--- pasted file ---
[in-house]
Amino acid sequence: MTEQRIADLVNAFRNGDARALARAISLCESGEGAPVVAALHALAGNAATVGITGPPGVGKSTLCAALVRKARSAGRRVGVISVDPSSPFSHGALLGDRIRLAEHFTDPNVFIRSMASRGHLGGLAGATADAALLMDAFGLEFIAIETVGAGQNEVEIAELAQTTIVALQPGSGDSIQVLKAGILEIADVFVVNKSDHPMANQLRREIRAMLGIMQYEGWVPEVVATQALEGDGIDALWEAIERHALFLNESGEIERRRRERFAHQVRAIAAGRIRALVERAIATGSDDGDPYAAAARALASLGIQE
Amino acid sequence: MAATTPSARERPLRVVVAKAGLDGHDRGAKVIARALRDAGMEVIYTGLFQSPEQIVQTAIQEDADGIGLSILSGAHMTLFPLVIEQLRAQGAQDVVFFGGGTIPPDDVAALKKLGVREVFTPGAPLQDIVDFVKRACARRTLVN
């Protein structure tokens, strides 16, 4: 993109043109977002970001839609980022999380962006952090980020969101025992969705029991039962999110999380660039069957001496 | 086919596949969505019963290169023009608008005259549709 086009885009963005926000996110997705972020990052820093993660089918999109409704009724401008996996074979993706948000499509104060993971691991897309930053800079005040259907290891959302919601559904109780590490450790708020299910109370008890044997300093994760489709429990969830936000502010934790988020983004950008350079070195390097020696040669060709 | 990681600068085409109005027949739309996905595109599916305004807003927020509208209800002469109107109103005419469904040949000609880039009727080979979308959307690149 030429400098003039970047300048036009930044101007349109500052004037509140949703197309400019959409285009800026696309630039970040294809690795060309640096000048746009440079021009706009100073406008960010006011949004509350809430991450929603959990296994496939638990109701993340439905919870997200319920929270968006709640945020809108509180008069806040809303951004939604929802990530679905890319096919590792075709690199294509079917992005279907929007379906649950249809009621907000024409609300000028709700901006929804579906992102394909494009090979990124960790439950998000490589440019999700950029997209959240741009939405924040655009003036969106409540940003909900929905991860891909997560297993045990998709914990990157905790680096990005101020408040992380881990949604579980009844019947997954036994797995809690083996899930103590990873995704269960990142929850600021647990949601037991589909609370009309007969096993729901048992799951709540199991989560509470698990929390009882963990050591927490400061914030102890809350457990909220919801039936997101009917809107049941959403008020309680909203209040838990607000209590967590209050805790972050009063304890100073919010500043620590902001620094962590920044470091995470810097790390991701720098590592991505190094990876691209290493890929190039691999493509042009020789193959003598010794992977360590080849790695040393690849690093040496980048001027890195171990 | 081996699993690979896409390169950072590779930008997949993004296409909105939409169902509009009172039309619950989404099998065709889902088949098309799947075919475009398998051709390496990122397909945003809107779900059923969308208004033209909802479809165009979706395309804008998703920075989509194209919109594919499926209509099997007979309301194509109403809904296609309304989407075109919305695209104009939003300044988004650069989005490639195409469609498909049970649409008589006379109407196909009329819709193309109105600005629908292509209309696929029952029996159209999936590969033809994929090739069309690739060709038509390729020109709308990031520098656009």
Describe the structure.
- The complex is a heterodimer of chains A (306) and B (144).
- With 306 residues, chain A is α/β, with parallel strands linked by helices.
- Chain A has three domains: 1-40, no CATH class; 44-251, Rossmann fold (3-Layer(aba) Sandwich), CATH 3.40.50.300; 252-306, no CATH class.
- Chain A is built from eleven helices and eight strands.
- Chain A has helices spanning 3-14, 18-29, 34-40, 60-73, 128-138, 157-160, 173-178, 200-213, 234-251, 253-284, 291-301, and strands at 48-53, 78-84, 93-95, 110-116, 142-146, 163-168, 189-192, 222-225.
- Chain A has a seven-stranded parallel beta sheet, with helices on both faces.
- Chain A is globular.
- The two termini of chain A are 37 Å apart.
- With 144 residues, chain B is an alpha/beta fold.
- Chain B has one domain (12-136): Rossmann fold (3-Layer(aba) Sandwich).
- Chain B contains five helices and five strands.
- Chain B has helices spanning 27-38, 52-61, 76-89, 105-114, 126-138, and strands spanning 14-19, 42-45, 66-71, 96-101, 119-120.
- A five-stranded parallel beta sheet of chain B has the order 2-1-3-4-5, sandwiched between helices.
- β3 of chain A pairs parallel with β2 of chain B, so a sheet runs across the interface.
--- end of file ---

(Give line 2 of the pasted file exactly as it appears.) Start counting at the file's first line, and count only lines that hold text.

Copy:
Amino acid sequence: MTEQRIADLVNAFRNGDARALARAISLCESGEGAPVVAALHALAGNAATVGITGPPGVGKSTLCAALVRKARSAGRRVGVISVDPSSPFSHGALLGDRIRLAEHFTDPNVFIRSMASRGHLGGLAGATADAALLMDAFGLEFIAIETVGAGQNEVEIAELAQTTIVALQPGSGDSIQVLKAGILEIADVFVVNKSDHPMANQLRREIRAMLGIMQYEGWVPEVVATQALEGDGIDALWEAIERHALFLNESGEIERRRRERFAHQVRAIAAGRIRALVERAIATGSDDGDPYAAAARALASLGIQE